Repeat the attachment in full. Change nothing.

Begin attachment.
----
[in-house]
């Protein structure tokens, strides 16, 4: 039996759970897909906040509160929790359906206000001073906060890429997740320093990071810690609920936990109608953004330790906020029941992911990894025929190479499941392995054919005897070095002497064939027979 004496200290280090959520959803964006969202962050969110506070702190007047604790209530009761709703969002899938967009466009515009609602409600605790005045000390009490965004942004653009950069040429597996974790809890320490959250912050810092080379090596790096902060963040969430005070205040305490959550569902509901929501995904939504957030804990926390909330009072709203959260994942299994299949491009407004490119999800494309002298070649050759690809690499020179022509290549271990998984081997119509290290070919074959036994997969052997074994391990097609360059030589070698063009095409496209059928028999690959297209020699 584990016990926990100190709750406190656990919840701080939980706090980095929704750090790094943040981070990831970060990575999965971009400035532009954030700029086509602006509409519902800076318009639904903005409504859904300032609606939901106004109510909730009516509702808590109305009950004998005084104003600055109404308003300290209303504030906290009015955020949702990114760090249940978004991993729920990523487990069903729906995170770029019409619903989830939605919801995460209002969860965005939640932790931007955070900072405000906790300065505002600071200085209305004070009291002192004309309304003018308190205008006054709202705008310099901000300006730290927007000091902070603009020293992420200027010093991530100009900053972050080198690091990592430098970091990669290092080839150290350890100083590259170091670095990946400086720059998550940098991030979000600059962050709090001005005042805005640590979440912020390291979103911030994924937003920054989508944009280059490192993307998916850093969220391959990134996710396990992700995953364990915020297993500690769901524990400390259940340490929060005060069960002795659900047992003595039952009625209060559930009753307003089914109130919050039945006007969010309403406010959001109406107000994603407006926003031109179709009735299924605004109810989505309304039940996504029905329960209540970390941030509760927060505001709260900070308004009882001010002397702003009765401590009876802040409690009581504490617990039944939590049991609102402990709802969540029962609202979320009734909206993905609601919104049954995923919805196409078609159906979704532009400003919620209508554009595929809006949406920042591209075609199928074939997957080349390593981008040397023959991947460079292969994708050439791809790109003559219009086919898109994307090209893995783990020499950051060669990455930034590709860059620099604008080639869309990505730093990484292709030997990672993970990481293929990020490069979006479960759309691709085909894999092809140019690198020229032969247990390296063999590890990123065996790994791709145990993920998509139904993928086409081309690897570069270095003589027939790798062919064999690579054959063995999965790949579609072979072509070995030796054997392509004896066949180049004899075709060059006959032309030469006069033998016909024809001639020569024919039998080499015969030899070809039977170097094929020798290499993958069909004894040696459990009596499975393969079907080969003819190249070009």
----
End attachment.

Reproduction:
[in-house]
């Protein structure tokens, strides 16, 4: 039996759970897909906040509160929790359906206000001073906060890429997740320093990071810690609920936990109608953004330790906020029941992911990894025929190479499941392995054919005897070095002497064939027979 004496200290280090959520959803964006969202962050969110506070702190007047604790209530009761709703969002899938967009466009515009609602409600605790005045000390009490965004942004653009950069040429597996974790809890320490959250912050810092080379090596790096902060963040969430005070205040305490959550569902509901929501995904939504957030804990926390909330009072709203959260994942299994299949491009407004490119999800494309002298070649050759690809690499020179022509290549271990998984081997119509290290070919074959036994997969052997074994391990097609360059030589070698063009095409496209059928028999690959297209020699 584990016990926990100190709750406190656990919840701080939980706090980095929704750090790094943040981070990831970060990575999965971009400035532009954030700029086509602006509409519902800076318009639904903005409504859904300032609606939901106004109510909730009516509702808590109305009950004998005084104003600055109404308003300290209303504030906290009015955020949702990114760090249940978004991993729920990523487990069903729906995170770029019409619903989830939605919801995460209002969860965005939640932790931007955070900072405000906790300065505002600071200085209305004070009291002192004309309304003018308190205008006054709202705008310099901000300006730290927007000091902070603009020293992420200027010093991530100009900053972050080198690091990592430098970091990669290092080839150290350890100083590259170091670095990946400086720059998550940098991030979000600059962050709090001005005042805005640590979440912020390291979103911030994924937003920054989508944009280059490192993307998916850093969220391959990134996710396990992700995953364990915020297993500690769901524990400390259940340490929060005060069960002795659900047992003595039952009625209060559930009753307003089914109130919050039945006007969010309403406010959001109406107000994603407006926003031109179709009735299924605004109810989505309304039940996504029905329960209540970390941030509760927060505001709260900070308004009882001010002397702003009765401590009876802040409690009581504490617990039944939590049991609102402990709802969540029962609202979320009734909206993905609601919104049954995923919805196409078609159906979704532009400003919620209508554009595929809006949406920042591209075609199928074939997957080349390593981008040397023959991947460079292969994708050439791809790109003559219009086919898109994307090209893995783990020499950051060669990455930034590709860059620099604008080639869309990505730093990484292709030997990672993970990481293929990020490069979006479960759309691709085909894999092809140019690198020229032969247990390296063999590890990123065996790994791709145990993920998509139904993928086409081309690897570069270095003589027939790798062919064999690579054959063995999965790949579609072979072509070995030796054997392509004896066949180049004899075709060059006959032309030469006069033998016909024809001639020569024919039998080499015969030899070809039977170097094929020798290499993958069909004894040696459990009596499975393969079907080969003819190249070009």